I've read all of the papers that focus on China and Africa. Among them, I particularly recommend the overview paper by Ian Scoones, Lidia Cabral, and Henry Tugendhat, "New Development Encounters: China and Brazil in African Agriculture" for its scope and comprehensiveness, particularly in the five key questions it asks (pp. 10-13):
- What is the political-economic context for these development encounters?
- What relationships are being built on?
- What perceptions and political interests underlie these development encounters?
- How are negotiations on agreements carried out?
- What project-level interactions occur that shape development encounters?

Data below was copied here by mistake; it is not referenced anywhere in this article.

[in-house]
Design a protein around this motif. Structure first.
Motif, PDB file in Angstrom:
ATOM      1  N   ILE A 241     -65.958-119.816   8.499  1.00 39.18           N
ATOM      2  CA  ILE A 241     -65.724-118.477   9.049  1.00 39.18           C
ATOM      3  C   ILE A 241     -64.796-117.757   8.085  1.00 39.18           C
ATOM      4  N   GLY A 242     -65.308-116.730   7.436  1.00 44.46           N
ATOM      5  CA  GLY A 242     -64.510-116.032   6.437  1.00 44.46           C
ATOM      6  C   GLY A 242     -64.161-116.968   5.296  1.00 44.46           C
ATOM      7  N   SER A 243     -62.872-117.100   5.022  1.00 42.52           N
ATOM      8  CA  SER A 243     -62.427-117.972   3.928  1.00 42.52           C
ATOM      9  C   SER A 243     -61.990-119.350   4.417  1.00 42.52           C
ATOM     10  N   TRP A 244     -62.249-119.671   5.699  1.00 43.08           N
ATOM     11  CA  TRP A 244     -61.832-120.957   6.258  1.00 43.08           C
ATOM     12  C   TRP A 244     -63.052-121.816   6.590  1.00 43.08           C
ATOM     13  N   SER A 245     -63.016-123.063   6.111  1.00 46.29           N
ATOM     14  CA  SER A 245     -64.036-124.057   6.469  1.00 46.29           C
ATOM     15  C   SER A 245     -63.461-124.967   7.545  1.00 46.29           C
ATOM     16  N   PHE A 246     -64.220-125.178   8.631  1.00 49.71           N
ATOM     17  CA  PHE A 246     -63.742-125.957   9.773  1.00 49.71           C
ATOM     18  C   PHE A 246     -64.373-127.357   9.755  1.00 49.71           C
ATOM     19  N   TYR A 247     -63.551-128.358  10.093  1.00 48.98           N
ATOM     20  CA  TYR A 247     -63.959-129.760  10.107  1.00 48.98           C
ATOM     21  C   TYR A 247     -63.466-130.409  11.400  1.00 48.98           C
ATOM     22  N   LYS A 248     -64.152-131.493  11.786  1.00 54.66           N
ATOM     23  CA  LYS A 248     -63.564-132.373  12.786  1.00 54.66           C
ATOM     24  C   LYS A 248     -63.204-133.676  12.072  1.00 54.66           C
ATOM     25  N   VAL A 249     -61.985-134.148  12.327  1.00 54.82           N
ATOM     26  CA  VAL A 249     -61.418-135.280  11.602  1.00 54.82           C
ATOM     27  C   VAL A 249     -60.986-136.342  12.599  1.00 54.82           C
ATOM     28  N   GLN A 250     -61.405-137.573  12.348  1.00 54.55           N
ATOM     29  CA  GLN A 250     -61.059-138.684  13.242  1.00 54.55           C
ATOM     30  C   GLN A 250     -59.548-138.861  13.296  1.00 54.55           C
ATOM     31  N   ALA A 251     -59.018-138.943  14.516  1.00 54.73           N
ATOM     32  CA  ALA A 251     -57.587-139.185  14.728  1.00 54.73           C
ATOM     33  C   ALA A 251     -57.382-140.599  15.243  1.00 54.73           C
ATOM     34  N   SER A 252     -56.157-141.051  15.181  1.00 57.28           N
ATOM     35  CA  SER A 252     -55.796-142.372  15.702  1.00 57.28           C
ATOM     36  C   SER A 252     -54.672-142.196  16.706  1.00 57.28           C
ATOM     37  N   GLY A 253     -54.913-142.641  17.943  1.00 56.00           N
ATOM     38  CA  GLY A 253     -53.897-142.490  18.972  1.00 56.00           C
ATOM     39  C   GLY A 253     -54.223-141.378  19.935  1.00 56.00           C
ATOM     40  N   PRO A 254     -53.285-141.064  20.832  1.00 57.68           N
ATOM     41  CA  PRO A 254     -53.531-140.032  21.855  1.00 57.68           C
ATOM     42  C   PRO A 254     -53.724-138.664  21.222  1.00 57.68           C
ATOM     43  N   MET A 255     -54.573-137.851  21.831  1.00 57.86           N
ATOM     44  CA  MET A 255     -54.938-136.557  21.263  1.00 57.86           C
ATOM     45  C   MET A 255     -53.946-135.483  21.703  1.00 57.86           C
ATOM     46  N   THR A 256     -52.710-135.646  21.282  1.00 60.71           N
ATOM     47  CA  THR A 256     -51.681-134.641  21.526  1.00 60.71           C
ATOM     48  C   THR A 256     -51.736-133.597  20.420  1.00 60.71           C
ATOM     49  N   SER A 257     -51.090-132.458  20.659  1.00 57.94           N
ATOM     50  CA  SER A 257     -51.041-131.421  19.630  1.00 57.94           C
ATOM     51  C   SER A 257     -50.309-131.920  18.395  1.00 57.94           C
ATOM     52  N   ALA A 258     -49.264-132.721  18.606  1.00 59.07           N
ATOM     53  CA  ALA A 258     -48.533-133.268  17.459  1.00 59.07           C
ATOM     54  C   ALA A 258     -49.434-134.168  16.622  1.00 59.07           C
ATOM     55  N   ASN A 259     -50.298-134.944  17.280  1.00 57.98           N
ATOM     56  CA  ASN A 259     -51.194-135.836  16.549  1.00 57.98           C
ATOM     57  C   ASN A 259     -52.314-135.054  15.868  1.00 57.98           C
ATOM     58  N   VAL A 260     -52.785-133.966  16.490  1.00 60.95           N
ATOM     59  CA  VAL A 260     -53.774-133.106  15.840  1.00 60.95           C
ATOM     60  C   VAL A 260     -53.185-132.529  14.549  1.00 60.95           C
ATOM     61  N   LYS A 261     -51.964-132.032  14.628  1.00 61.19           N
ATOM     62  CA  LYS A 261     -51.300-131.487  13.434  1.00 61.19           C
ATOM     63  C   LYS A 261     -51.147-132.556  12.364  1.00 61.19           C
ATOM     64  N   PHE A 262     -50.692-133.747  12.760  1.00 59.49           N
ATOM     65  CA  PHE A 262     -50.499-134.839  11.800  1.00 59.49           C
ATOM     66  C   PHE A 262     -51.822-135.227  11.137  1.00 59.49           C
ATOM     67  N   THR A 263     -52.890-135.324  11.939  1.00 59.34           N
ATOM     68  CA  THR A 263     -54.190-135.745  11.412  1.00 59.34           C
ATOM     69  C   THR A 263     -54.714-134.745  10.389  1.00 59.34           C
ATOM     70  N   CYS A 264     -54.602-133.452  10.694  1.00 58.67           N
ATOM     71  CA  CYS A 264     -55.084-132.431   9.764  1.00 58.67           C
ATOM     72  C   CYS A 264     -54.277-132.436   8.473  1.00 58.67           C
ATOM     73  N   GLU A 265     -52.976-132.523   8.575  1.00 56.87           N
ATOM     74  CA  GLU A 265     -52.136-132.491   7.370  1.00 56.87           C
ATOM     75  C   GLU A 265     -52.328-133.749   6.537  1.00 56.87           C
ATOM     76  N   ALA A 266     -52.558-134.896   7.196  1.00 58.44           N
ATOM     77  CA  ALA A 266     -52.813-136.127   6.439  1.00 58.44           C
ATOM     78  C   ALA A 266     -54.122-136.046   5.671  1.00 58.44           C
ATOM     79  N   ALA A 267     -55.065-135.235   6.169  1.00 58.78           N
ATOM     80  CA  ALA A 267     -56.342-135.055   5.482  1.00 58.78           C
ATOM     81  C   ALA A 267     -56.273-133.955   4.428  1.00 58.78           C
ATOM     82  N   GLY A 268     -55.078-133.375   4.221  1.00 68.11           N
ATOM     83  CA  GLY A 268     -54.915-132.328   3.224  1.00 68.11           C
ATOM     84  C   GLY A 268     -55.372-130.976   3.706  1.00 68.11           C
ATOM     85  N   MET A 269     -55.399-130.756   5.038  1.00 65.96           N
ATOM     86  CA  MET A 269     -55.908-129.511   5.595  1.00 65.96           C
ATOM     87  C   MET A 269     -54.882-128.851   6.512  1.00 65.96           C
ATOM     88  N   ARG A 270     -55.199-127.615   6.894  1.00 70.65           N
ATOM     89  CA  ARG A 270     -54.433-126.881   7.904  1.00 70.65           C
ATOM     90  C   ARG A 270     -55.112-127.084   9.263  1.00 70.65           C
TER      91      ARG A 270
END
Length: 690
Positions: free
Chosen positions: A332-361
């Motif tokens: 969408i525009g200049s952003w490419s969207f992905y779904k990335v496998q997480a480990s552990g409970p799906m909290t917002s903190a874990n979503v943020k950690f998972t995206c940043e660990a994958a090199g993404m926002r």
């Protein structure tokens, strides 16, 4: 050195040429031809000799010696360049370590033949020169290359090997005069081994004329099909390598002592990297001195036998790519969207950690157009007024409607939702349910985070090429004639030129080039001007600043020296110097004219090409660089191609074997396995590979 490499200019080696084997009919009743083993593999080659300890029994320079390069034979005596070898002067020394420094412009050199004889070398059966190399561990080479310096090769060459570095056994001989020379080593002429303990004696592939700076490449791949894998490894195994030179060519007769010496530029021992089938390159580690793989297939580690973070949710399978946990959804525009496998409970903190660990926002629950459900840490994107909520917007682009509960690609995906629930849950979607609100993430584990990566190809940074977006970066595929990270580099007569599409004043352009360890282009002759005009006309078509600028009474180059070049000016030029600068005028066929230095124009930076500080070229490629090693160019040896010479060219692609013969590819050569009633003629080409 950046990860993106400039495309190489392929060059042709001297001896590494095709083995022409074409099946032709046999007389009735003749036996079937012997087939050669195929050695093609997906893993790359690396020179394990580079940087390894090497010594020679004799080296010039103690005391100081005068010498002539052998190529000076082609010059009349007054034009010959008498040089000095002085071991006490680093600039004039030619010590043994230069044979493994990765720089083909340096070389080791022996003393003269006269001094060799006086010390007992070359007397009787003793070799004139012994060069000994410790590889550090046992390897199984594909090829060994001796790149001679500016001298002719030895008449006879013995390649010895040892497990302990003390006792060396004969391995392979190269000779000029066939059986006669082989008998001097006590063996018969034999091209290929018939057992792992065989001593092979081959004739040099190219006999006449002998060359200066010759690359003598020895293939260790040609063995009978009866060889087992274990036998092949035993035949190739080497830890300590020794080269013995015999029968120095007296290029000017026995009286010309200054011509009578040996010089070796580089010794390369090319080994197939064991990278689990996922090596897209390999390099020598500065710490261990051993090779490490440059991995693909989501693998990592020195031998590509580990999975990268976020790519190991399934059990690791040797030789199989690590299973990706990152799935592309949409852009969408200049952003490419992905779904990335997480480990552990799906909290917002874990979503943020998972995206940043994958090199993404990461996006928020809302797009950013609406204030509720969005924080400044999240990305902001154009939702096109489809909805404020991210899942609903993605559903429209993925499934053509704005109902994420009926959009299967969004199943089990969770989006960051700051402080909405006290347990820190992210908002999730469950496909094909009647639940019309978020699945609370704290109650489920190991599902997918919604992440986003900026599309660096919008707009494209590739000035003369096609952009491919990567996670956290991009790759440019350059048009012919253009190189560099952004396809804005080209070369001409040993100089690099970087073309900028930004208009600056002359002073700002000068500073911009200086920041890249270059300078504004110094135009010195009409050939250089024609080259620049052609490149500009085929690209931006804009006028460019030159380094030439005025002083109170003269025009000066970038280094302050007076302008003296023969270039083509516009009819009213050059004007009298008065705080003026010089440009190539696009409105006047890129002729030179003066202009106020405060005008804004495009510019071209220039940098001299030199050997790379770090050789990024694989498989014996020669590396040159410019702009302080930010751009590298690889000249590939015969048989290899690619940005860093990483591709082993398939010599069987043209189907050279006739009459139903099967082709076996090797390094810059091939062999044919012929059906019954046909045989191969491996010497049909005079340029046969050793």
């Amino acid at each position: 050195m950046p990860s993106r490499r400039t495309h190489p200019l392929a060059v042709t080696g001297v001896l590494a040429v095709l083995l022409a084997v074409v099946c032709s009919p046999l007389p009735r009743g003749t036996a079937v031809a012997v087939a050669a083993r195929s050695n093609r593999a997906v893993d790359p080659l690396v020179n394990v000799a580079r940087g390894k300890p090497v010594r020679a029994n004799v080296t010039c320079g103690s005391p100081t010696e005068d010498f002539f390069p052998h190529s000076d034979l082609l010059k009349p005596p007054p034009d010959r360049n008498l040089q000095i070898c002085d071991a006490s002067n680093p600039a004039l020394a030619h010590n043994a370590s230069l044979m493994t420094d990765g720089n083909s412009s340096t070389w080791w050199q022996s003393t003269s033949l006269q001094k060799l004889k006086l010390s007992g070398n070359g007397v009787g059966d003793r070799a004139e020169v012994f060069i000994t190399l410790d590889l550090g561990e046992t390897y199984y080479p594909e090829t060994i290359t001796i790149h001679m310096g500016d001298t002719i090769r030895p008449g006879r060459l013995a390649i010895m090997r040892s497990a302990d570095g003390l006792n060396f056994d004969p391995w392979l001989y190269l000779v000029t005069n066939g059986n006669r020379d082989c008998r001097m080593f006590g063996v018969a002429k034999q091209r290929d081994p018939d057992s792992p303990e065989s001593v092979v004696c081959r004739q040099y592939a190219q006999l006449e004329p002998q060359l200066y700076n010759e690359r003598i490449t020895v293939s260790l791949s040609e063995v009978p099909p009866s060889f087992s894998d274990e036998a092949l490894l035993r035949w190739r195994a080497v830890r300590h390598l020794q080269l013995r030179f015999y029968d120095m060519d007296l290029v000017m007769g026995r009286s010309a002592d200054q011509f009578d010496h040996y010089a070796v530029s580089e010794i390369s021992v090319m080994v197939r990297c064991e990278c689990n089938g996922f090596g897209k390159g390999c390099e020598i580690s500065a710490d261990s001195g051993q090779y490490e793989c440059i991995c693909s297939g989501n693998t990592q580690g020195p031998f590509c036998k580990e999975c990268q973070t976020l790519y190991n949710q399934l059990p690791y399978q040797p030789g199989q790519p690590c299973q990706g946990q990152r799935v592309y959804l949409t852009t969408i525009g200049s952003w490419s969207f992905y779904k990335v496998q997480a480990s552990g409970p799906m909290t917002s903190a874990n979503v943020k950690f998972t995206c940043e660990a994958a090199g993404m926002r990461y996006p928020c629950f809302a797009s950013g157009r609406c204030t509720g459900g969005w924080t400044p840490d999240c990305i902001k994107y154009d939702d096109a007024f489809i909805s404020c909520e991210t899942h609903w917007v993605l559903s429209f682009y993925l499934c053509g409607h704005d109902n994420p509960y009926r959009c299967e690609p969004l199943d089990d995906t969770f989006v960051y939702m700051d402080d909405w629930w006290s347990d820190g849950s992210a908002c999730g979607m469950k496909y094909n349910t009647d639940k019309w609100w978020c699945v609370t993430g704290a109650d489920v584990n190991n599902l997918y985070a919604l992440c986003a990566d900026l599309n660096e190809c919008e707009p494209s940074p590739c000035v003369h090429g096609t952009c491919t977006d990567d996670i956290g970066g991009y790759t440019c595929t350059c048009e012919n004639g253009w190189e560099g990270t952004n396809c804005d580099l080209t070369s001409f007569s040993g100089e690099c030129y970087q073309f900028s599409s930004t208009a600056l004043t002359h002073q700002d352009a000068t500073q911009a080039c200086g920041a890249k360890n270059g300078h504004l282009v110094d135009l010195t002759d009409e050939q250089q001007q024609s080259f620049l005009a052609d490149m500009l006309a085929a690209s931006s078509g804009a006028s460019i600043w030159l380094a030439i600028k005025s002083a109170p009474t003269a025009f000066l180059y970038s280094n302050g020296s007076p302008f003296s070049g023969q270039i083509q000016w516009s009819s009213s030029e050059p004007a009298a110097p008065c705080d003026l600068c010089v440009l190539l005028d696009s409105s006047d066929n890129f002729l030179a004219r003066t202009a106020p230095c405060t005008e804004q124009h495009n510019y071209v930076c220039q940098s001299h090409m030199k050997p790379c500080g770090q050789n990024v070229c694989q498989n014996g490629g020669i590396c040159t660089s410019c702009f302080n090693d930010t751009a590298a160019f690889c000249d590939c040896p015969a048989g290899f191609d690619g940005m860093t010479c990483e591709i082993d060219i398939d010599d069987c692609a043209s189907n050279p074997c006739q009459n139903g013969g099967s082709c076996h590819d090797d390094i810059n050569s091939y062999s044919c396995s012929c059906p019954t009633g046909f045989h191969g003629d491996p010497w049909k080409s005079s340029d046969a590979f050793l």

There are case studies on Chinese and Brazilian engagement in Ghana, Zimbabwe, Mozambique, and Ethiopia. With regard to China, the Mozambique study was very good, with useful detail supplied by its seven (yes!) authors. It was the only case study to clearly reflect interviews and field visits. I was a bit disappointed that several of the other case studies appear to be descriptive overviews that could almost have been done (or perhaps were done) without any fieldwork. It's a starting point, at least, and no doubt the next round of this research will provide more detail.